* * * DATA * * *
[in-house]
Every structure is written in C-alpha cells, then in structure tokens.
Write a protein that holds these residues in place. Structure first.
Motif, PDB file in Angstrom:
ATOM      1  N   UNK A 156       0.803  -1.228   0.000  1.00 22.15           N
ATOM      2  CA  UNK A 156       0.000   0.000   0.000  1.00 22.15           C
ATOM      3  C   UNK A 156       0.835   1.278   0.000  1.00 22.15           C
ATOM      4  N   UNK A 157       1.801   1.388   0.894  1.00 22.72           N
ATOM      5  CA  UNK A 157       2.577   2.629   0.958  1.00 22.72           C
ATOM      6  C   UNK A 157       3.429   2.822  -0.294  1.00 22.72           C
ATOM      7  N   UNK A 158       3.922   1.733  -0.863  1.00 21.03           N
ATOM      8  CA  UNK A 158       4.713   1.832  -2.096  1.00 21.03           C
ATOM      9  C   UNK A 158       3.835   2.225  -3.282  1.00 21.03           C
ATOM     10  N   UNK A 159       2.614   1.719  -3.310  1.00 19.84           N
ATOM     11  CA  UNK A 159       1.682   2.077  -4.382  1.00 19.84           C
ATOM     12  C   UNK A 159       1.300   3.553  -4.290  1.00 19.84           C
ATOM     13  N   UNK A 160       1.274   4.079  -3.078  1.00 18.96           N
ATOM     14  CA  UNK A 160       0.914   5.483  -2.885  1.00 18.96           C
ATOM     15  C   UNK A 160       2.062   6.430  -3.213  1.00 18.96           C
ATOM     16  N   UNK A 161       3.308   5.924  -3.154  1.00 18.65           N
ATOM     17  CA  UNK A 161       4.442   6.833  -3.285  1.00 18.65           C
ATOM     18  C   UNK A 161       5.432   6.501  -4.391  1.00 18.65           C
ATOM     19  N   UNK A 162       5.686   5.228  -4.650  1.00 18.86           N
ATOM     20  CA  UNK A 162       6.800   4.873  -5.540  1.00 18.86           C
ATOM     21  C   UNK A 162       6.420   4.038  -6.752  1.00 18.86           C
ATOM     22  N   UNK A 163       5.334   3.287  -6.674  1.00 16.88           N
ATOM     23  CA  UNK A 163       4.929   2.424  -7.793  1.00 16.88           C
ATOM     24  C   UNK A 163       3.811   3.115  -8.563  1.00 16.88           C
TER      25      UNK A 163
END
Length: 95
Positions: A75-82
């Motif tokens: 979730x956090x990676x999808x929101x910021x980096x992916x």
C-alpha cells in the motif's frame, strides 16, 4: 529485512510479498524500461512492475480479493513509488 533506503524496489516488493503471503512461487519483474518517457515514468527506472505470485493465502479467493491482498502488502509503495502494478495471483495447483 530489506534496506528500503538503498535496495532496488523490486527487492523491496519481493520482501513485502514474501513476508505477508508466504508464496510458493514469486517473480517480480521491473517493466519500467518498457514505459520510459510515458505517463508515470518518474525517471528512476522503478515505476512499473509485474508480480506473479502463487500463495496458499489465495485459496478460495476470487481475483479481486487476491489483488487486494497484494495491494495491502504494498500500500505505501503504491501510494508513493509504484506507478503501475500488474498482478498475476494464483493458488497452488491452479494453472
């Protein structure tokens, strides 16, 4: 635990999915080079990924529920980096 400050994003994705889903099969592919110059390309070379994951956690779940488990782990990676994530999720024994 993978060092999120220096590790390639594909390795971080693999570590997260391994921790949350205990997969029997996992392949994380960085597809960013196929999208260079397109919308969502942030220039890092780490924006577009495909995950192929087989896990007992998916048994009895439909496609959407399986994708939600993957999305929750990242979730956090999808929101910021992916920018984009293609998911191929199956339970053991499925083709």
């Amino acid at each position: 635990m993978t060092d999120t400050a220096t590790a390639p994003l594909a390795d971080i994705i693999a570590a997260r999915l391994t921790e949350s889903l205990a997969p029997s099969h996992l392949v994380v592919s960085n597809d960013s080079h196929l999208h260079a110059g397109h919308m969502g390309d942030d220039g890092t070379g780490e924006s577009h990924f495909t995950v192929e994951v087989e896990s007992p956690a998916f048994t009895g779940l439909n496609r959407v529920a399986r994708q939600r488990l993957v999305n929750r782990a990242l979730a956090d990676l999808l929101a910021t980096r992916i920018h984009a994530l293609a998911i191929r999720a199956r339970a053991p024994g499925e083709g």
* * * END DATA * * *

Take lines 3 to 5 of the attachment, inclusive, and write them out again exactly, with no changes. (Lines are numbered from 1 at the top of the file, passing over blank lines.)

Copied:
Write a protein that holds these residues in place. Structure first.
Motif, PDB file in Angstrom:
ATOM      1  N   UNK A 156       0.803  -1.228   0.000  1.00 22.15           N